Chromatin is made up of DNA and the proteins that package it. This packaging is highly dynamic, meaning chromatin can change shape to pack DNA into denser, larger structures. Chromatin can also affect how easily the information in DNA can be read into RNA, by tightening or loosening the grip of the package proteins on the DNA. Different stretches of DNA have different physical addresses within the nucleus, and chromatin is what determines those locations. Lastly chromatin helps the process of repairing damaged DNA, by loosening its grip on DNA regions that are near the damaged area so that repair proteins can enter.
Chromatin is defined as a complex of DNA and the proteins that package it. Chromatin has many levels of structure. The simplest level of chromatin is when DNA is wrapped around a ball of proteins called histones. These balls then condense, or stick together, to form a fiber called the 30 nanometer fiber. This fiber then folds onto itself to form a thicker fiber. Beyond this, the exact structure of chromatin that exists when chromosomes condense into X-shaped structures during mitosis is unclear. Chromatin is why 2 to 3 meters of DNA can be packed into one microscopic human cell.
Transcription is the process in which the information encoded by DNA is read by proteins and then transcribed into RNA. RNA will later be translated into proteins that do the day-to-day work of the cell. Transcription only happens when the proteins that read DNA can bind to the DNA. If the structure of chromatin packs DNA too tightly, there is no room for the reader proteins to bind to DNA. There are two types of chromatin in cells. Euchromatin is a type of chromatin that is loosely packed such that DNA can be read and RNA can be produced. Heterochromatin is a type of chromatin that is packed too tightly for DNA to be read by proteins.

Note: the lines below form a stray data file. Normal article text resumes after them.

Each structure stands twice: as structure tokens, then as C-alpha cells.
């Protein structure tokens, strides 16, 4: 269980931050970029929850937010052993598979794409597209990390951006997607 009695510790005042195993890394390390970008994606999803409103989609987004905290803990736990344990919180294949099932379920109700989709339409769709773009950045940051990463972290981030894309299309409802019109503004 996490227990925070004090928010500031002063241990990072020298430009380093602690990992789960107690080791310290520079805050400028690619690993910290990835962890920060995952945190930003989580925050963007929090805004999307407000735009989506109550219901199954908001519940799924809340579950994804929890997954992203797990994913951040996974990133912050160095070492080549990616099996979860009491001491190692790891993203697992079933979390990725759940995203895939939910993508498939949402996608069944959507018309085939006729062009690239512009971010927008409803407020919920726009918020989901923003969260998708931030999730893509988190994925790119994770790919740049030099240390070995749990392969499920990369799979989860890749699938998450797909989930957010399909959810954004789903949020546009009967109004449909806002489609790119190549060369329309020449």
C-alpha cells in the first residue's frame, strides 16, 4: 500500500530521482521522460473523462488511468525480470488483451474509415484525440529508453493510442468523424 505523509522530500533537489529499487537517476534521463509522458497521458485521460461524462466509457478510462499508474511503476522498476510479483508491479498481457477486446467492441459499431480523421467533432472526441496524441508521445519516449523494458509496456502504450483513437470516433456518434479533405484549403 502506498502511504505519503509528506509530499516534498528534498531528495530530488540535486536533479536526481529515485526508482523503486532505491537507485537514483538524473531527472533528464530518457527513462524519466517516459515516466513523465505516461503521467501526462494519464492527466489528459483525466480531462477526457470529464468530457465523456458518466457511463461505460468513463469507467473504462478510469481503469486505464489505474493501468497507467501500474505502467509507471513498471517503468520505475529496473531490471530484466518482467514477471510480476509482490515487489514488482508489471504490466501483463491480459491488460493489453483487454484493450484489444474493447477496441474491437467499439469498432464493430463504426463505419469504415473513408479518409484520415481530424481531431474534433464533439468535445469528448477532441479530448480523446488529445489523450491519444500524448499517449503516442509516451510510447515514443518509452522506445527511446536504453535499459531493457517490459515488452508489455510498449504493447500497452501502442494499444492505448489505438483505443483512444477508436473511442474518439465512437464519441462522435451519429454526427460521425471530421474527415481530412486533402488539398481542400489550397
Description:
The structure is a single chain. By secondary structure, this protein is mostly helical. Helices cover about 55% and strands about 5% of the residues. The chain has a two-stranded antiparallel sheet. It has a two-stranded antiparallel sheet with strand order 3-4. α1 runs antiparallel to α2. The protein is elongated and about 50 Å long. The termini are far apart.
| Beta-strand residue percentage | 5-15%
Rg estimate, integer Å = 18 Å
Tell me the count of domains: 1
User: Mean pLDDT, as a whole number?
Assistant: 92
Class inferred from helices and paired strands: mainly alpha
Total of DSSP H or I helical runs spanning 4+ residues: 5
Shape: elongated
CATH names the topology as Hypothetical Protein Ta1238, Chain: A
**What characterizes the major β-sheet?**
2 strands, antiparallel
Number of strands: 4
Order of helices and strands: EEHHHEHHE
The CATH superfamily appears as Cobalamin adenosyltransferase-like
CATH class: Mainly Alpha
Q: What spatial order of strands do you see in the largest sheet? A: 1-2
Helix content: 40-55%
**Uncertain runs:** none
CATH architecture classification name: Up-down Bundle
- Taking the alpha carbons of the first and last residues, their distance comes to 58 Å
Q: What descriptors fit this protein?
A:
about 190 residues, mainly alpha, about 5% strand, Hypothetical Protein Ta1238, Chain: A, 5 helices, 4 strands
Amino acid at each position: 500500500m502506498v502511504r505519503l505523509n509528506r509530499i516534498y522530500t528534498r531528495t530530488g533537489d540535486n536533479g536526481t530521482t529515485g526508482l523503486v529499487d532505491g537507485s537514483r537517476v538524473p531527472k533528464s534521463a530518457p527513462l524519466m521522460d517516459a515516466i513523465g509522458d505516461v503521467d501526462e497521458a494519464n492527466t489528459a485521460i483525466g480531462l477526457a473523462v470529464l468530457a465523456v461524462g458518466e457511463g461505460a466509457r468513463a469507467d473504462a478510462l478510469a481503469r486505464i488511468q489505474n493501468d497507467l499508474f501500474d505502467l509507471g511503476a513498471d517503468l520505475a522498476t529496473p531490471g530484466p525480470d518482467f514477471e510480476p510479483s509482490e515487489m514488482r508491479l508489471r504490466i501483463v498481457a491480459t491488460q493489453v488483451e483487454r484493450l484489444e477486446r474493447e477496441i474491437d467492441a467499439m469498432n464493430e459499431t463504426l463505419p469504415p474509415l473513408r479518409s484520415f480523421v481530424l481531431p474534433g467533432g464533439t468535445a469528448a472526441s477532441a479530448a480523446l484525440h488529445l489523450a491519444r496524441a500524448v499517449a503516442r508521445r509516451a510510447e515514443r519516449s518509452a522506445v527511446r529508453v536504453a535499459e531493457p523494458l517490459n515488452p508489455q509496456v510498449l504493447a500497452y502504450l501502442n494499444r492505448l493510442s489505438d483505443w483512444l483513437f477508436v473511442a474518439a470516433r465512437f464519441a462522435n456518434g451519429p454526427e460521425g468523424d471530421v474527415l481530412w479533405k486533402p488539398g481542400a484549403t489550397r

Chromosomes Have Addresses
The nucleus contains a cell’s DNA, but is more than just a membrane pouch. The inside of the nucleus contains a highly organized structure of proteins that interacts with chromatin. Chromatin is what makes up chromosomes. The interaction between what is called the nucleoskeletal structure and chromatin is what determines the location of different stretches of chromosomes within the nucleus. The exact reasons why different stretches of chromosomes have different physical addresses within the nucleus are unknown, but they generally have to do with gene expression. Gene expression is the process in which the information in DNA is read and transcribed into RNA.
Helping Repair DNA
Chromatin is a highly dynamic arrangement of proteins and DNA, meaning chromatin can readily change its shape and structure. When a DNA in the cell breaks, there are proteins that detect this break and repair the DNA. However, the repair proteins cannot do their job if they cannot bind to the DNA molecule that is part of the chromatin. Thus, the chromatin around the damaged area changes shape, loosens its grip on the DNA, and allows the repair proteins to bind to DNA.